Propeller construction

A propeller formed from pliable sheet material with each blade being of looped configuration in plan view. An end segment of each blade is turned inwardly and attached to an inner segment of an adjacent blade at a point offset from the propeller hub portion. A blade root of each blade is of reduced width and extends between a blade inner segment and the propeller hub portion which is apertured to receive a motor output shaft having frictionally engaged disks thereon which oppositely abut the hub portion for shaft attachment purposes.

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The present invention relates generally to propeller construction and particularly to one having blades of generally looped configuration.

Shown to be old by the prior art are propellers and fan blade wheels having blade members formed in a looped or closed configuration with the blade ends being attached to a propeller or fan wheel hub and the outermost segment of the blade being curvilinear. The prior art blades are typically symmetrically formed from metal strips. Disadvantages to known blade designs are their complexity and consequent cost of manufacture.

U.S. patents disclosing propellers or fan wheels with the above noted features are U.S. Pat. Nos. 46,004; 467,323; 467,824 and 2,552,651. U.S. Pat. No. 2,576,294 shows an aircraft propeller having blade ends joined by a web.


The present invention is embodied within a propeller lending itself to low cost manufacture from sheet material.

The present propeller may be formed from pliable sheet stock of the type and thickness to permit manual shaping of the blade during manufacture. Each blade of the propeller is initially die cut to form an elongate member of irregular shape. When completed, each blade of the present propeller has a somewhat looped configuration (in plan view) to provide, in effect, multiple air foils per blade both of which are similarly inclined to a plane normal to the axis of propeller rotation. An end segment of each blade is adapted for securement to the inner portion of an adjacent blade, such as for example, by adhesive or a mechanical fastener. Each blade is attached to a propeller hub by a reduced blade root.

Important objects include the provision of a propeller having blades of looped configuration each configured so as to permit one blade to be secured to an inner blade segment of an adjacent blade to avoid complex hub structure; the provision of a propeller which lends itself to low cost fabrication from pliable sheet material to provide a fan blade wheel permitting injury-free accidental contact with a person; the provision of a propeller having blades, blade roots and a hub all formed from a sheet of material by a low cost stamping operation; the provision of a propeller which may be economically coupled to the driven shaft of a fan motor using fastener elements in friction tight engagement with said shaft; the provision of a propeller of low production cost and one readily attachable to a motor output shaft to provide a low cost personal use fan.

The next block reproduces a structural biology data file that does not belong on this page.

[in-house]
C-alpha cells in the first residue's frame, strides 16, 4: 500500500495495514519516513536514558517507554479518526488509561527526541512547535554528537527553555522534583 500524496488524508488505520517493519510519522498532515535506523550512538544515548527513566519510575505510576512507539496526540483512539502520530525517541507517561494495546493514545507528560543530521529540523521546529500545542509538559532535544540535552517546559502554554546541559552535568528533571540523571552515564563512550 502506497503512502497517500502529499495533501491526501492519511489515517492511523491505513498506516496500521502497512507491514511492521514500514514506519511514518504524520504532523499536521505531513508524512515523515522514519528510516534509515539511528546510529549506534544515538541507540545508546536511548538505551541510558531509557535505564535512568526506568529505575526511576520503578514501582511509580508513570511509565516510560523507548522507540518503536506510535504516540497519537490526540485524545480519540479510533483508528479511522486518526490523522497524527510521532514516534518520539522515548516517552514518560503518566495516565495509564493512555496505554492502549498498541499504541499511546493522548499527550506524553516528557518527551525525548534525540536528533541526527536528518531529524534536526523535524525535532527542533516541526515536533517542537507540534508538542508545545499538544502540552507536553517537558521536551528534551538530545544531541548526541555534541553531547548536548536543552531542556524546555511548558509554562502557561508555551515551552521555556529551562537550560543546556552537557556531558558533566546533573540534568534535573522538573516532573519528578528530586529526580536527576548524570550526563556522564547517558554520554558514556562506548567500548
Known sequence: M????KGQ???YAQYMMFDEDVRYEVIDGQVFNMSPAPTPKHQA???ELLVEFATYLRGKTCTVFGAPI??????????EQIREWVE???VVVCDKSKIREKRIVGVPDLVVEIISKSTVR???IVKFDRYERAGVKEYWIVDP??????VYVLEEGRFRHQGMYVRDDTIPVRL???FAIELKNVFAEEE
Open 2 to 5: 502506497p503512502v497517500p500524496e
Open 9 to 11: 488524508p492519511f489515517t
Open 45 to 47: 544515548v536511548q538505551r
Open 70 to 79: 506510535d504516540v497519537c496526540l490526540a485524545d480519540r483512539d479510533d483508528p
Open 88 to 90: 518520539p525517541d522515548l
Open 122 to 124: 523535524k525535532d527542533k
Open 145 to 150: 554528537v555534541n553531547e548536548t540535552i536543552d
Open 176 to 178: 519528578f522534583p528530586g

In the accompanying drawing:

FIG. 1 is a plan view of a propeller embodying the present invention in place on the output shaft of a small electric motor;

FIG. 2 is a sectional view taken along line 2--2 of FIG. 1;

FIG. 3 is a sectional view taken along line 3--3 of FIG. 1;

FIG. 4 is a fragmentary plan view of the present propeller subsequent to a forming operation;

FIGS. 5, 6, 7, and 8 are similar to FIG. 2 but show modified forms of coupling adjacent blades to one another; and

FIG. 9 is a vertical elevational view taken approximately along line 9--9 of FIG. 1.


With continuing reference to the drawing wherein applied reference numerals indicate parts similarly hereinafter identified, the reference numeral 1 in FIGS. 1 and 9 indicates an elongate motor housing having a powered output shaft 2 to which is attached the present propeller. Motor housing 1 may also include a battery storage capability such as found in motor housings of miniature personal electric fan units. While referred to as a propeller, it is to be understood that the term "propeller" comprehends both air and water applications of the present invention.

For ease of understanding the following description of one blade is equally applicable to all blades of the propeller the number of which blades may vary in different embodiments.